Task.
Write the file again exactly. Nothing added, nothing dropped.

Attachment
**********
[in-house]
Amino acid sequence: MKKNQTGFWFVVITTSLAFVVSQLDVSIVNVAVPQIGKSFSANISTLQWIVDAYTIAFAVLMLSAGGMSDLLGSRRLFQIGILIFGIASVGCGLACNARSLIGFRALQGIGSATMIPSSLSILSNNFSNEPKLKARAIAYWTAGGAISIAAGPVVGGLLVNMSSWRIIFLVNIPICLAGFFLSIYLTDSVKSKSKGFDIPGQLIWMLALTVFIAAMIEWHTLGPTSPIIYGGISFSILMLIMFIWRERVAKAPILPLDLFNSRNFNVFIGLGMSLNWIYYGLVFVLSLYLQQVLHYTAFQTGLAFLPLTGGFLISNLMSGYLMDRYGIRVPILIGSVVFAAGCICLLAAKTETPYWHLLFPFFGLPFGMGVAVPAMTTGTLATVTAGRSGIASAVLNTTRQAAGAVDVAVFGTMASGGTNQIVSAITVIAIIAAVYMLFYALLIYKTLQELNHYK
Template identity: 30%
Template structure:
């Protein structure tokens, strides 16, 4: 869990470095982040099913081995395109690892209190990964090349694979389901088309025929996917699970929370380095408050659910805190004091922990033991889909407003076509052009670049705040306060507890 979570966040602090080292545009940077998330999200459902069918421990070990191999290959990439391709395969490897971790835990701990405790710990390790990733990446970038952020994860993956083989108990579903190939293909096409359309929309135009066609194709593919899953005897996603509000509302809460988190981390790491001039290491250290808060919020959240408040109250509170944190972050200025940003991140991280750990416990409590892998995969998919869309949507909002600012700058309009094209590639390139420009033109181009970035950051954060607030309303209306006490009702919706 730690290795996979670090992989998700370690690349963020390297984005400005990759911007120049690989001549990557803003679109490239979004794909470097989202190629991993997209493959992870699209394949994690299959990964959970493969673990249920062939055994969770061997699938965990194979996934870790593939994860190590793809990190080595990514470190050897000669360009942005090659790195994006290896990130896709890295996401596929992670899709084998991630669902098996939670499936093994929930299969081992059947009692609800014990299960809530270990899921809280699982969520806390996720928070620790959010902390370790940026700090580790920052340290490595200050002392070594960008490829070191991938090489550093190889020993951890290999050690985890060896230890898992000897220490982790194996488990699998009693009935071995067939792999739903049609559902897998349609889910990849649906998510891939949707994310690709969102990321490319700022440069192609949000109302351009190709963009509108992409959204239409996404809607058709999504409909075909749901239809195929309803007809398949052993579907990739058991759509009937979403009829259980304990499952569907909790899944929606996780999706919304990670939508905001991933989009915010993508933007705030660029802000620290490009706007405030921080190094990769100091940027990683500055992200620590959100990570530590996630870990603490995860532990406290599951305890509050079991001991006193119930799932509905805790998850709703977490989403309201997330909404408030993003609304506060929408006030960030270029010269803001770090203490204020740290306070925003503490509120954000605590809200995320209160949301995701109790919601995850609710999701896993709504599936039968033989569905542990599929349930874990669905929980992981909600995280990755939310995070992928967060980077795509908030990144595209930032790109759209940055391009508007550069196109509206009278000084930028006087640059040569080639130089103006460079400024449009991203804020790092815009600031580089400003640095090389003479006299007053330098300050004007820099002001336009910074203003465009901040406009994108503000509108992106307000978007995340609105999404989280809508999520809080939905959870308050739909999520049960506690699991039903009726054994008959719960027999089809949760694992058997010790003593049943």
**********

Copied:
[in-house]
Amino acid sequence: MKKNQTGFWFVVITTSLAFVVSQLDVSIVNVAVPQIGKSFSANISTLQWIVDAYTIAFAVLMLSAGGMSDLLGSRRLFQIGILIFGIASVGCGLACNARSLIGFRALQGIGSATMIPSSLSILSNNFSNEPKLKARAIAYWTAGGAISIAAGPVVGGLLVNMSSWRIIFLVNIPICLAGFFLSIYLTDSVKSKSKGFDIPGQLIWMLALTVFIAAMIEWHTLGPTSPIIYGGISFSILMLIMFIWRERVAKAPILPLDLFNSRNFNVFIGLGMSLNWIYYGLVFVLSLYLQQVLHYTAFQTGLAFLPLTGGFLISNLMSGYLMDRYGIRVPILIGSVVFAAGCICLLAAKTETPYWHLLFPFFGLPFGMGVAVPAMTTGTLATVTAGRSGIASAVLNTTRQAAGAVDVAVFGTMASGGTNQIVSAITVIAIIAAVYMLFYALLIYKTLQELNHYK
Template identity: 30%
Template structure:
């Protein structure tokens, strides 16, 4: 869990470095982040099913081995395109690892209190990964090349694979389901088309025929996917699970929370380095408050659910805190004091922990033991889909407003076509052009670049705040306060507890 979570966040602090080292545009940077998330999200459902069918421990070990191999290959990439391709395969490897971790835990701990405790710990390790990733990446970038952020994860993956083989108990579903190939293909096409359309929309135009066609194709593919899953005897996603509000509302809460988190981390790491001039290491250290808060919020959240408040109250509170944190972050200025940003991140991280750990416990409590892998995969998919869309949507909002600012700058309009094209590639390139420009033109181009970035950051954060607030309303209306006490009702919706 730690290795996979670090992989998700370690690349963020390297984005400005990759911007120049690989001549990557803003679109490239979004794909470097989202190629991993997209493959992870699209394949994690299959990964959970493969673990249920062939055994969770061997699938965990194979996934870790593939994860190590793809990190080595990514470190050897000669360009942005090659790195994006290896990130896709890295996401596929992670899709084998991630669902098996939670499936093994929930299969081992059947009692609800014990299960809530270990899921809280699982969520806390996720928070620790959010902390370790940026700090580790920052340290490595200050002392070594960008490829070191991938090489550093190889020993951890290999050690985890060896230890898992000897220490982790194996488990699998009693009935071995067939792999739903049609559902897998349609889910990849649906998510891939949707994310690709969102990321490319700022440069192609949000109302351009190709963009509108992409959204239409996404809607058709999504409909075909749901239809195929309803007809398949052993579907990739058991759509009937979403009829259980304990499952569907909790899944929606996780999706919304990670939508905001991933989009915010993508933007705030660029802000620290490009706007405030921080190094990769100091940027990683500055992200620590959100990570530590996630870990603490995860532990406290599951305890509050079991001991006193119930799932509905805790998850709703977490989403309201997330909404408030993003609304506060929408006030960030270029010269803001770090203490204020740290306070925003503490509120954000605590809200995320209160949301995701109790919601995850609710999701896993709504599936039968033989569905542990599929349930874990669905929980992981909600995280990755939310995070992928967060980077795509908030990144595209930032790109759209940055391009508007550069196109509206009278000084930028006087640059040569080639130089103006460079400024449009991203804020790092815009600031580089400003640095090389003479006299007053330098300050004007820099002001336009910074203003465009901040406009994108503000509108992106307000978007995340609105999404989280809508999520809080939905959870308050739909999520049960506690699991039903009726054994008959719960027999089809949760694992058997010790003593049943």